To solve one of the most vexing mysteries in aviation history, the search for missing Malaysia Airlines Flight 370 will now focus on what may lie underwater – in an area nearly as big as West Virginia.
On Wednesday, the U.S. Navy's Bluefin 21 completed its last underwater mission near where acoustic signals, believed to possibly be emitting from the missing jet's data recorders, were picked up in April, according to the Australian-based Joint Agency Coordination Center.
"The Australian Transport Safety Bureau (ATSB) has advised that the search in the vicinity of the acoustic detections can now be considered complete,'' the JACC said in a statement, "and in its professional judgment, the area can now be discounted as the final resting place of MH370.''
Now, experts will work on determining an underwater search area of up to 21,600 square miles along the arc in the southern Indian Ocean, and an underwater survey of the ocean floor will map the terrain.
"Knowing the seafloor terrain is crucial to enabling the subsequent underwater search,'' the JACC said.
Still, it will be roughly another three months before that more intensified search can even begin, as experts first survey the ocean floor. And then it could be another year before the underwater search ends, and answers finally emerge.
"The search will be a major undertaking," Martin Dolan, chief commissioner of the Australian Transport Safety Bureau, which has been assisting the Malaysian government, said in a statement posted Monday. "The complexities and challenges involved are immense, but not impossible. The best minds from around the world have been reviewing, refining and (localizing) the most likely area where the aircraft entered the water, which is why we remain confident of finding the aircraft.''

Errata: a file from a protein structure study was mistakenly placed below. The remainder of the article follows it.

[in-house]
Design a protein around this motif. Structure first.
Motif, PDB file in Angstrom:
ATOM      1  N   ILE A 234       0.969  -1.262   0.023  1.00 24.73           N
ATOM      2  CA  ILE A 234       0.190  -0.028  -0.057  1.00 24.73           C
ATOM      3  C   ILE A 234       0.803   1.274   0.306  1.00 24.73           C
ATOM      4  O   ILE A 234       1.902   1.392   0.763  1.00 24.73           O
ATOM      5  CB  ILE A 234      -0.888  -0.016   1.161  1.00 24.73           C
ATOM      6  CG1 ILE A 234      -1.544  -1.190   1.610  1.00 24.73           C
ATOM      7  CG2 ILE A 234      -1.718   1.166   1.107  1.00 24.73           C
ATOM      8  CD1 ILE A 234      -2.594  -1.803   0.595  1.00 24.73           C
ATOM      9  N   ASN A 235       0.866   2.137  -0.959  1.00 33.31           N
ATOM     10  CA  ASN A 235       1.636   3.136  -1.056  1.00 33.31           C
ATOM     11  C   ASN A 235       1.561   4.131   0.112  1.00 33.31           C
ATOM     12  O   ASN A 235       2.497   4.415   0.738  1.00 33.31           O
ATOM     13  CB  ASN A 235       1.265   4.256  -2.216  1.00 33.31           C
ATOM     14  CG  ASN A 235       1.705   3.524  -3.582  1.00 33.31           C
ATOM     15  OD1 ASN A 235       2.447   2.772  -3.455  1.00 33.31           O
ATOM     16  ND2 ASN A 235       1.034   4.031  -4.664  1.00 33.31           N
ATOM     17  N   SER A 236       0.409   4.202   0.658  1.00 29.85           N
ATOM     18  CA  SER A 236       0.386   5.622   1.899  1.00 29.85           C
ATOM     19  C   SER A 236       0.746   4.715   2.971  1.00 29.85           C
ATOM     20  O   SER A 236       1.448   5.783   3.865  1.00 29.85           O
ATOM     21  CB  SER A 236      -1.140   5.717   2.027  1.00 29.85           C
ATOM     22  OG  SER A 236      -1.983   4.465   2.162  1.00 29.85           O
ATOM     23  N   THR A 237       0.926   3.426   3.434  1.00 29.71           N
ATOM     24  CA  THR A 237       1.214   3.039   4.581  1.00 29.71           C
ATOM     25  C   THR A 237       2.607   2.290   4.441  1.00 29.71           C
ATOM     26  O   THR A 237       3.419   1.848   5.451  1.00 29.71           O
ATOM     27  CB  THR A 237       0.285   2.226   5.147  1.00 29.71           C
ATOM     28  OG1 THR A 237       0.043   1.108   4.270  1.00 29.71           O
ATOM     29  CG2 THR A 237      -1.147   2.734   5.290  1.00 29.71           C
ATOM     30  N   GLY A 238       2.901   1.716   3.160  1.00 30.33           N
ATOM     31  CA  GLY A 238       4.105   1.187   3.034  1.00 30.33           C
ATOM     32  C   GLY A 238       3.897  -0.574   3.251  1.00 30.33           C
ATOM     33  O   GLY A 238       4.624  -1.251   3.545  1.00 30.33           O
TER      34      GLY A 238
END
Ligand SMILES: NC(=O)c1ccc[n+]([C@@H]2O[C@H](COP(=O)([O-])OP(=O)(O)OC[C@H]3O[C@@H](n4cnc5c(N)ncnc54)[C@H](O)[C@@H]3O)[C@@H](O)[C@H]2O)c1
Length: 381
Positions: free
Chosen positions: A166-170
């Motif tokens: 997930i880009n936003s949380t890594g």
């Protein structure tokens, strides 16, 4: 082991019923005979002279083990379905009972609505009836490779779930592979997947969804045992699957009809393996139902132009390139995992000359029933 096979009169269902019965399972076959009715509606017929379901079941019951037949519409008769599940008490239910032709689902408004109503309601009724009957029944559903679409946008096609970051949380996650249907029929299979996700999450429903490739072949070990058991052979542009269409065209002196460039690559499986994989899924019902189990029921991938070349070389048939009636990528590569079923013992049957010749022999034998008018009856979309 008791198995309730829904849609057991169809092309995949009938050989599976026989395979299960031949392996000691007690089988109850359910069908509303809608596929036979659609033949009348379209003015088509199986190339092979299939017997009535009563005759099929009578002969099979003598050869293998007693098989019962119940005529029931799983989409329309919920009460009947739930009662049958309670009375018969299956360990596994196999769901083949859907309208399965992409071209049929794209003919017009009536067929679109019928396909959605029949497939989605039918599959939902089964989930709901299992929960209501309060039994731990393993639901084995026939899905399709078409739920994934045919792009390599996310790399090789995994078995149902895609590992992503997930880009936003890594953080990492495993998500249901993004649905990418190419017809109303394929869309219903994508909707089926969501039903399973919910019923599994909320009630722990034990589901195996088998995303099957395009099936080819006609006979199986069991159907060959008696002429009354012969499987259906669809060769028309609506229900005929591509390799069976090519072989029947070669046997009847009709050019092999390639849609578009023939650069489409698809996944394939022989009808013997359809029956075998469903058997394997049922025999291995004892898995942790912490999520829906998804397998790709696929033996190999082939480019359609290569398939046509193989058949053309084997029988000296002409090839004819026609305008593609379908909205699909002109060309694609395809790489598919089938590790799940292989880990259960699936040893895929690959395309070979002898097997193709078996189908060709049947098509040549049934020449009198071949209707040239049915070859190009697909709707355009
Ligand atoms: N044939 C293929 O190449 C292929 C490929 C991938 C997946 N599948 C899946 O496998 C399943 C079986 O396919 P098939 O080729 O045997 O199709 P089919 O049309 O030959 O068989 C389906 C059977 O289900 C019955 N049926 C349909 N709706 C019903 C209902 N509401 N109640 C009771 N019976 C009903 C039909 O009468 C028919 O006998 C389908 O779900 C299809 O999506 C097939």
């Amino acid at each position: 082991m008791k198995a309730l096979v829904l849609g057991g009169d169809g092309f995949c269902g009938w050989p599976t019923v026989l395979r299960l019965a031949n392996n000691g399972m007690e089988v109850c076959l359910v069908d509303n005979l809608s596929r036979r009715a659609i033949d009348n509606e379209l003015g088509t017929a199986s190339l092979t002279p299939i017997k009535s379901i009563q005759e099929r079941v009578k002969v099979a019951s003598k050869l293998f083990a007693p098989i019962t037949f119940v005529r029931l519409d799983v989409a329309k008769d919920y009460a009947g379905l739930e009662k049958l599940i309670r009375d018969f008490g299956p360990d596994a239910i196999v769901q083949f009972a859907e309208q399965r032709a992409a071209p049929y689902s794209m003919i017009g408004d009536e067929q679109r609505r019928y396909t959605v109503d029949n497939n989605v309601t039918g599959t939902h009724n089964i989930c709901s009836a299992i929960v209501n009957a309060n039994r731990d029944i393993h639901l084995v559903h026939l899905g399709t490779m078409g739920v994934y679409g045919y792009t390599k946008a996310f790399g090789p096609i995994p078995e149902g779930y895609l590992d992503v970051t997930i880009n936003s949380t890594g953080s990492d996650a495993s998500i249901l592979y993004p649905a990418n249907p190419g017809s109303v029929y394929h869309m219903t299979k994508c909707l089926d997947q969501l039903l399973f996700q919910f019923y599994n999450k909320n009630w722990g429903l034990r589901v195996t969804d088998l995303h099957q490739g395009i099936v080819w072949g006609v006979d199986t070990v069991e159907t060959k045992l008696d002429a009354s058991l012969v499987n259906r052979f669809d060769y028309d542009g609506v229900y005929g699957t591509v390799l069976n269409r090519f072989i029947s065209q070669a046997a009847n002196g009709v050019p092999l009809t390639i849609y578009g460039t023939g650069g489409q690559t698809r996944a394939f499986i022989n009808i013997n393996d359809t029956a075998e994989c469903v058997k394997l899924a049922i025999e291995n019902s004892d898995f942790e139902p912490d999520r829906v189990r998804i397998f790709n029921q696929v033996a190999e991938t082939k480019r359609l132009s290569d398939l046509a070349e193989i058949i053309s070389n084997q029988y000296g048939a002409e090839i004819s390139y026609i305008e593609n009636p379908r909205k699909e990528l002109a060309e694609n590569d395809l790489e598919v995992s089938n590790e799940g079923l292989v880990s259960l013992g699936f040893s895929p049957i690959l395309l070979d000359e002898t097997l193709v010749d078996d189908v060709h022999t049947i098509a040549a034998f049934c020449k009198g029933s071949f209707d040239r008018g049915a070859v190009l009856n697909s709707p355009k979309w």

Flight 370 disappeared March 8 as it headed from Kuala Lumpur to Beijing with 227 passengers and 12 crewmembers on board.
Investigators from various countries joined together to launch one of the most extensive searches ever by air and by sea. The focus in recent weeks has been on the southern Indian Ocean. But so far, not a trace of the vanished plane has been found.
The upcoming survey of the ocean floor, which will take about three months, has already begun. A Chinese survey ship began the mapping. It will be joined by another vessel in June.
Once the survey is complete, the underwater search is expected to begin in August. Commercial side-scan sonar operators will scour the ocean for the missing Boeing 777 and any debris. That search will likely last up to a year.
Robert Mann, an aviation analyst at R.W. Mann & Co. in Port Washington, N.Y., says he feels that the plane will one day be found, but perhaps not by those who are so vigorously trying to discover it.
"I think it'll be found, there's no question about that ,'' he says. "It's just a matter of time. Ultimately, it may not be found by the people who are looking for it. It may be found as a byproduct of some other activity going on. That's the unfortunate part. I think the directed search, given the best efforts of those involved, is no more or less likely to find it than it was the other day.''
U.S. Navy spokesman Chris Johnson has dismissed comments made to CNN by ocean engineering expert Michael Dean that the acoustic "pings" heard in the area in April did not come from the missing airliner's black boxes. Dean said those sounds came from another source not connected to the plane.
"Mike Dean's comments today were speculative and premature," Johnson said in a statement.
Contributing: The Associated Press